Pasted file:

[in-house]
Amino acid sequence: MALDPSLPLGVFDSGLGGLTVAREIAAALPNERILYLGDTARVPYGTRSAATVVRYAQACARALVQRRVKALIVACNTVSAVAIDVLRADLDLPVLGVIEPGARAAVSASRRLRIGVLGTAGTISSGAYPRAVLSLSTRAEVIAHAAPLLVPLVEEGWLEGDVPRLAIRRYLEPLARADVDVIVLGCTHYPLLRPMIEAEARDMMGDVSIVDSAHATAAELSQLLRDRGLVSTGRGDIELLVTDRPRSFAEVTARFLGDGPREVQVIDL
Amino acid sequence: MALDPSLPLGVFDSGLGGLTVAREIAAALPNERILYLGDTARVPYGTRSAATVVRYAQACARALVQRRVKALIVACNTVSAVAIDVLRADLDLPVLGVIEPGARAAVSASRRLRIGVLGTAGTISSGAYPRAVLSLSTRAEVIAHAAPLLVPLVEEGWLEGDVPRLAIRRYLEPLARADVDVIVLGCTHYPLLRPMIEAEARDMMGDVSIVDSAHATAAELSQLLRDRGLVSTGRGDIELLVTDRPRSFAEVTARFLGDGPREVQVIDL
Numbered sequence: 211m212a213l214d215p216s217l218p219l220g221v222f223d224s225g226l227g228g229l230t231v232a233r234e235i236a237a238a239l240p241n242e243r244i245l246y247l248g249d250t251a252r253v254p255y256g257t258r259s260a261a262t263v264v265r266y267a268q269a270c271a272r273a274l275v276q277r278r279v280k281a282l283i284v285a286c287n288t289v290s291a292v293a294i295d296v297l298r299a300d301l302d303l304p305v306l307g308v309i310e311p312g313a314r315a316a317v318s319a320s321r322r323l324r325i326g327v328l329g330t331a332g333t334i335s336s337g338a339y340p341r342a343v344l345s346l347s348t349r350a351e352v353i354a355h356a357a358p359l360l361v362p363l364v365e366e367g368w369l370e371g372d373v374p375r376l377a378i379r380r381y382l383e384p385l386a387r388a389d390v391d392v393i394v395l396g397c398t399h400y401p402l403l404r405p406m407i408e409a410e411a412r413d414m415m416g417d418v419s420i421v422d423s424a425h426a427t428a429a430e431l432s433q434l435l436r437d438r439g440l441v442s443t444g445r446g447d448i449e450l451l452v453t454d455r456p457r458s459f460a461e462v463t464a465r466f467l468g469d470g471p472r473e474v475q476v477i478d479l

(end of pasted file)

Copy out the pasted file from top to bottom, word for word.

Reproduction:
[in-house]
Amino acid sequence: MALDPSLPLGVFDSGLGGLTVAREIAAALPNERILYLGDTARVPYGTRSAATVVRYAQACARALVQRRVKALIVACNTVSAVAIDVLRADLDLPVLGVIEPGARAAVSASRRLRIGVLGTAGTISSGAYPRAVLSLSTRAEVIAHAAPLLVPLVEEGWLEGDVPRLAIRRYLEPLARADVDVIVLGCTHYPLLRPMIEAEARDMMGDVSIVDSAHATAAELSQLLRDRGLVSTGRGDIELLVTDRPRSFAEVTARFLGDGPREVQVIDL
Amino acid sequence: MALDPSLPLGVFDSGLGGLTVAREIAAALPNERILYLGDTARVPYGTRSAATVVRYAQACARALVQRRVKALIVACNTVSAVAIDVLRADLDLPVLGVIEPGARAAVSASRRLRIGVLGTAGTISSGAYPRAVLSLSTRAEVIAHAAPLLVPLVEEGWLEGDVPRLAIRRYLEPLARADVDVIVLGCTHYPLLRPMIEAEARDMMGDVSIVDSAHATAAELSQLLRDRGLVSTGRGDIELLVTDRPRSFAEVTARFLGDGPREVQVIDL
Numbered sequence: 211m212a213l214d215p216s217l218p219l220g221v222f223d224s225g226l227g228g229l230t231v232a233r234e235i236a237a238a239l240p241n242e243r244i245l246y247l248g249d250t251a252r253v254p255y256g257t258r259s260a261a262t263v264v265r266y267a268q269a270c271a272r273a274l275v276q277r278r279v280k281a282l283i284v285a286c287n288t289v290s291a292v293a294i295d296v297l298r299a300d301l302d303l304p305v306l307g308v309i310e311p312g313a314r315a316a317v318s319a320s321r322r323l324r325i326g327v328l329g330t331a332g333t334i335s336s337g338a339y340p341r342a343v344l345s346l347s348t349r350a351e352v353i354a355h356a357a358p359l360l361v362p363l364v365e366e367g368w369l370e371g372d373v374p375r376l377a378i379r380r381y382l383e384p385l386a387r388a389d390v391d392v393i394v395l396g397c398t399h400y401p402l403l404r405p406m407i408e409a410e411a412r413d414m415m416g417d418v419s420i421v422d423s424a425h426a427t428a429a430e431l432s433q434l435l436r437d438r439g440l441v442s443t444g445r446g447d448i449e450l451l452v453t454d455r456p457r458s459f460a461e462v463t464a465r466f467l468g469d470g471p472r473e474v475q476v477i478d479l